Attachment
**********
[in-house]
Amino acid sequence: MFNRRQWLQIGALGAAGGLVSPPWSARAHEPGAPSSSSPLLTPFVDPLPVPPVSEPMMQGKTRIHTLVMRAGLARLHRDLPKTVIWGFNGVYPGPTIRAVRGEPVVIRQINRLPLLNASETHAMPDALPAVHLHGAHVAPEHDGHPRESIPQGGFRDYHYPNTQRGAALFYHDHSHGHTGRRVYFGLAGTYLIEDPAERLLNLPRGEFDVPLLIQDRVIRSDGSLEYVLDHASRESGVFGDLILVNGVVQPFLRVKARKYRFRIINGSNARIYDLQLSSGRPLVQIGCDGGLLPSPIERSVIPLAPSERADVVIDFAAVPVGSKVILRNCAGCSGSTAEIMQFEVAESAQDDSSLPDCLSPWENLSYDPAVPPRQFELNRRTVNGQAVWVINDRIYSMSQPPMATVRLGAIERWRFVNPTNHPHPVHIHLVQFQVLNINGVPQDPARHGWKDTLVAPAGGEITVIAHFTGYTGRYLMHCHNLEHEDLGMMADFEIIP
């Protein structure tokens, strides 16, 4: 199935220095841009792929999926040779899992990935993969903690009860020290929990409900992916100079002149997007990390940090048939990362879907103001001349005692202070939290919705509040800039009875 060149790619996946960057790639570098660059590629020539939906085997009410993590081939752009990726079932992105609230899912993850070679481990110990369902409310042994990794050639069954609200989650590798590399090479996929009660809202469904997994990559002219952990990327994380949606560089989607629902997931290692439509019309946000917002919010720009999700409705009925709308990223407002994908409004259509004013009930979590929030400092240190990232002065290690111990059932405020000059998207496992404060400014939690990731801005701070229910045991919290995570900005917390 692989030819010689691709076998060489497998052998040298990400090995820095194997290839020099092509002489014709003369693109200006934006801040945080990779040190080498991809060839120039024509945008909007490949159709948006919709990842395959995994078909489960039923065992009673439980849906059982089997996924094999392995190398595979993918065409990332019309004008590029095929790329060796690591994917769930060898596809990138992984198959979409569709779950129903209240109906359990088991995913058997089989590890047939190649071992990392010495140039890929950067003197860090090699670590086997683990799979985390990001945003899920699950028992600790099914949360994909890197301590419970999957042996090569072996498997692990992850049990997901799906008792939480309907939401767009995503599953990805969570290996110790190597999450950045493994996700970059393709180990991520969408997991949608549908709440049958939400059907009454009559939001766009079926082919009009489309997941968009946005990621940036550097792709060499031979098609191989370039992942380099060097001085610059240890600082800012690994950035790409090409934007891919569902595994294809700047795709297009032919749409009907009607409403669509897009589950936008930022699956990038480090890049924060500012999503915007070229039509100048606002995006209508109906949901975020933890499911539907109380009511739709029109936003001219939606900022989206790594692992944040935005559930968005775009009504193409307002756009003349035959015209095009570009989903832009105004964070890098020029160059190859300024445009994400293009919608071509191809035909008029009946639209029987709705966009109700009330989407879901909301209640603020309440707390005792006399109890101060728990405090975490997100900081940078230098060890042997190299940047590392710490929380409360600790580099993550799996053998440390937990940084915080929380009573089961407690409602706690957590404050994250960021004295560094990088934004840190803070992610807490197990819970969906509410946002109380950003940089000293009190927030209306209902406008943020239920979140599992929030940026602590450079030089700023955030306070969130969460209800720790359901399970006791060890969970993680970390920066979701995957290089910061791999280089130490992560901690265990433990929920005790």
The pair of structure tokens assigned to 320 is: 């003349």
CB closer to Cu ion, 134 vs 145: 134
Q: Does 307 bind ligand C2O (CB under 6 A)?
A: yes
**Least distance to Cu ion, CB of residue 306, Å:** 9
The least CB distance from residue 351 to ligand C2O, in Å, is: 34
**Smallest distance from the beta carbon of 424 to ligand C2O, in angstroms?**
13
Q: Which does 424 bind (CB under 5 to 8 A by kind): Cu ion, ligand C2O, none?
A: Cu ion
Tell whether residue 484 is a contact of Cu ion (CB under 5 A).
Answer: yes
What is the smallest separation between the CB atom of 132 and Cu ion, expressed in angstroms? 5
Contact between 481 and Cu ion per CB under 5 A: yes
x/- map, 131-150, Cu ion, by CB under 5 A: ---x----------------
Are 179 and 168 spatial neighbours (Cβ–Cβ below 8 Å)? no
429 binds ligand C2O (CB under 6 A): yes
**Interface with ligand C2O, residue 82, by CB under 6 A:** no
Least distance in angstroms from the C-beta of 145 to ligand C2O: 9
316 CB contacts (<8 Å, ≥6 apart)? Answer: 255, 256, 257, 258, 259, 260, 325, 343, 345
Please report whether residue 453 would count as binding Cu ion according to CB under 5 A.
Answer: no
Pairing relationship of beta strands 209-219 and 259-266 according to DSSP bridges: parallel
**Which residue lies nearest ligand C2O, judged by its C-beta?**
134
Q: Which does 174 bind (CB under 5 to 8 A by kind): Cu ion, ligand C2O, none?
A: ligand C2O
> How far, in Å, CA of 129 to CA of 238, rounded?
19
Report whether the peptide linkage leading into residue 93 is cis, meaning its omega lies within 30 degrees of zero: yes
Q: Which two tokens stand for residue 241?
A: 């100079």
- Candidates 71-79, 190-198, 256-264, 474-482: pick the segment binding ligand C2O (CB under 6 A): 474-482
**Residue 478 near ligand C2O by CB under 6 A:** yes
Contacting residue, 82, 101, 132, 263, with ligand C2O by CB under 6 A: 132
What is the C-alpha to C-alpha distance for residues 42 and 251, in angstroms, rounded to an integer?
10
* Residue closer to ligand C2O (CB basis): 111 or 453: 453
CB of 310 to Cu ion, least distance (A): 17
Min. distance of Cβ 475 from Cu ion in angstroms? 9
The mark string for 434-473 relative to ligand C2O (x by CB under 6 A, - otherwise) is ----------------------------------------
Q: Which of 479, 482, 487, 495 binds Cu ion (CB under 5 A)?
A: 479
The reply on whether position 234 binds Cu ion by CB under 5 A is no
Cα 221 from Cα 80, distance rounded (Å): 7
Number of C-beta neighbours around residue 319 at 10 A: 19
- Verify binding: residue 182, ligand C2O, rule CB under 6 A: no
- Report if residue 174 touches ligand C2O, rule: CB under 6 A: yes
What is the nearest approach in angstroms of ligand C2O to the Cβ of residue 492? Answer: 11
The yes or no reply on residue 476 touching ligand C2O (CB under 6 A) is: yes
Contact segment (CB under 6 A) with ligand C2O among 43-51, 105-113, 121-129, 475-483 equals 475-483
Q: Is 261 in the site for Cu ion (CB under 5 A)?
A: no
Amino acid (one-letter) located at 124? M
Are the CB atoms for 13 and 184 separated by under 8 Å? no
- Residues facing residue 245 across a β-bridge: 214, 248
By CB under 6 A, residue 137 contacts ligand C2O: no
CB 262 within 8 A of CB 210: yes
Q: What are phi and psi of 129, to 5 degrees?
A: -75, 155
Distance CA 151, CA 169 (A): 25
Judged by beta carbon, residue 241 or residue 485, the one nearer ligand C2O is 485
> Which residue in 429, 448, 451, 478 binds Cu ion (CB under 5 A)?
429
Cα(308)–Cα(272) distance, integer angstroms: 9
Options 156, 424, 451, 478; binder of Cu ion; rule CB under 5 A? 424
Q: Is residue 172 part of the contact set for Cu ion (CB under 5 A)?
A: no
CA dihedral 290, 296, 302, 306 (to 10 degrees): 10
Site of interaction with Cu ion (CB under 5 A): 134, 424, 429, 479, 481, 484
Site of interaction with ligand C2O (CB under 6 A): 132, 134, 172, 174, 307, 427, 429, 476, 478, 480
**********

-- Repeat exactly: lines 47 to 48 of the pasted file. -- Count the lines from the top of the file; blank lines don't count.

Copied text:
The reply on whether position 234 binds Cu ion by CB under 5 A is no
Cα 221 from Cα 80, distance rounded (Å): 7